Obama has refrained from passing final judgment on the underlying question of the legitimacy of the election itself, although he has expressed "deep concerns" about it.
The president returned Saturday to his theme that the world is watching the way the Iranian government's response.
Obama cited Martin Luther King's statement that "the arc of the moral universe is long, but it bends toward justice."
"I believe that," the president said. "The international community believes that. And right now, we are bearing witness to the Iranian people's belief in that truth, and we will continue to bear witness."
Police clashed with protesters around Tehran immediately after the presidential election and gunfire from a militia compound left at least seven dead, but further force remained in check until Saturday's developments.
I guess I may have to eat some of my words saying that Obama don't really care about the Iranian people and that he supports the leadership on Iran now...or did he do this to make "HIS appearance" at home look good!? How do we really know why he does something after all of his lies and deceipt??
What a bunch of tight rope rhetoric !
What has Martin Luther King have to do with any of this? The theocracy in Iran will not allow defiant assembly and demonstration any more than China did at Tiananamen Square in 1989 or Russia in Hungary in 1956.
De furher needs to watch what he says....doesn't he realize that he could be confronted with the exact situation in this country as Iran is having if he continues to force the facist programs he is forcing on America? What would his silver tongued egotistical response be to massive demonstration and uprising against his tyrannical government? How would he react?..... How would they program his tele prompter for the situation and justification of his methods?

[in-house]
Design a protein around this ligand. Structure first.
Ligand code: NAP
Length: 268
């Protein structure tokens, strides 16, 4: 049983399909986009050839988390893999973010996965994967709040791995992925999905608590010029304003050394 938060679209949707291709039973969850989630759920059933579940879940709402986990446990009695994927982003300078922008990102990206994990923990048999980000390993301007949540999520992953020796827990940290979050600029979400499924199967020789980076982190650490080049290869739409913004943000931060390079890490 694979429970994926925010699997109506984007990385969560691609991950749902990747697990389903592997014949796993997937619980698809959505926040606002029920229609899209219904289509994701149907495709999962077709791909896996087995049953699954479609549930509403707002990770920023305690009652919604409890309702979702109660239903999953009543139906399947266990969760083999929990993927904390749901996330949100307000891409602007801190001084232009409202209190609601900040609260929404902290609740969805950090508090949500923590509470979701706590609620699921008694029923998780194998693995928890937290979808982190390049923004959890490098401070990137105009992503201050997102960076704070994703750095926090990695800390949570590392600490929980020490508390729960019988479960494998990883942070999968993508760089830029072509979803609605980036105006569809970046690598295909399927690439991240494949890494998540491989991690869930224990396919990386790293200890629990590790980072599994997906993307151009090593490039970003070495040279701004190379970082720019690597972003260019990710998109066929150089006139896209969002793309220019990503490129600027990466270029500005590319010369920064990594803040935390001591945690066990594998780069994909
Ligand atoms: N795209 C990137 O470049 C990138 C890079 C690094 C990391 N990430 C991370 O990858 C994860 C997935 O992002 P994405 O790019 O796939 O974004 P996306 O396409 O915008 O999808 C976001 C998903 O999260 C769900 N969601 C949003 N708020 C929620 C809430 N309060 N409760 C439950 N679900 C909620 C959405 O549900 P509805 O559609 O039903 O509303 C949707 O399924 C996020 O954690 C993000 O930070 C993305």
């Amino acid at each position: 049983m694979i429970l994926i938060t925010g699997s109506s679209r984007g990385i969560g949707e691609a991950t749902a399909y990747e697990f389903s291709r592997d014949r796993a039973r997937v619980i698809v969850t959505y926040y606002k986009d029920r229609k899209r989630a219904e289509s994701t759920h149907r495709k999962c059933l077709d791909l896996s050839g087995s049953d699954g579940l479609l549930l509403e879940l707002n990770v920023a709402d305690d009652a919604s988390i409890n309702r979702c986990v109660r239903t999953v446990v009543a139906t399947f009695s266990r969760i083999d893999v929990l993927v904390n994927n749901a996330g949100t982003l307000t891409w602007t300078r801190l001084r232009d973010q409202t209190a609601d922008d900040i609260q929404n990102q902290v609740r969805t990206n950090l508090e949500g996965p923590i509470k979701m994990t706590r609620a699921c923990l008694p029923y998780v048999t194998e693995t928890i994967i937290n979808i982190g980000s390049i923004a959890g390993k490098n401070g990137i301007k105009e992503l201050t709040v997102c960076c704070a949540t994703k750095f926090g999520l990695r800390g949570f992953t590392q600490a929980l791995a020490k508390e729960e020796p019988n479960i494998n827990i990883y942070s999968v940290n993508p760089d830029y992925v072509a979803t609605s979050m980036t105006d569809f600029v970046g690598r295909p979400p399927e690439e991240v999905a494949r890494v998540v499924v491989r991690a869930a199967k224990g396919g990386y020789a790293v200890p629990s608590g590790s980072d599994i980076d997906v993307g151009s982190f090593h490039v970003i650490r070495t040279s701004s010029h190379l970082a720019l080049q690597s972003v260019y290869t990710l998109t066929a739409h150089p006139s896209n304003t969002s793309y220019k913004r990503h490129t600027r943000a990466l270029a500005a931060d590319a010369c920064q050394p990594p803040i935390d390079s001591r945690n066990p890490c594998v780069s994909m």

Rest assured, he would not be able to slough it off to the united nations for another resolution.
He openly lies and gets away with it time and time again. Why should he worry about what he says for his own expediency at the time? Right now is what matters.......these declarations are merely to make him look like he cares......later he knows the kool-aid drinkers won't remember these statements.....when these words come back to haunt him in clips, they will be removed and the masses will never say a word because they will be fed by new lies to keep them content. And those who dissent will be treated as fringe kooks who are rebelling....and he will reign supreme. Don't mistake it, he is no fool. Chilling reality kinda rivets the soul, doesn't it?
Keeping Martin Luther King in the loop of his reasoning is what he wants to try and show all the "blacks" and minorities that he is still looking out for them so they will back him! It's a racist thing that he figures he can use and still get by with because he is half black. It's just another ploy on his part to sucker the dumb ones in society today in this country into believing in him! :-( Throw them a bone like a good dogie!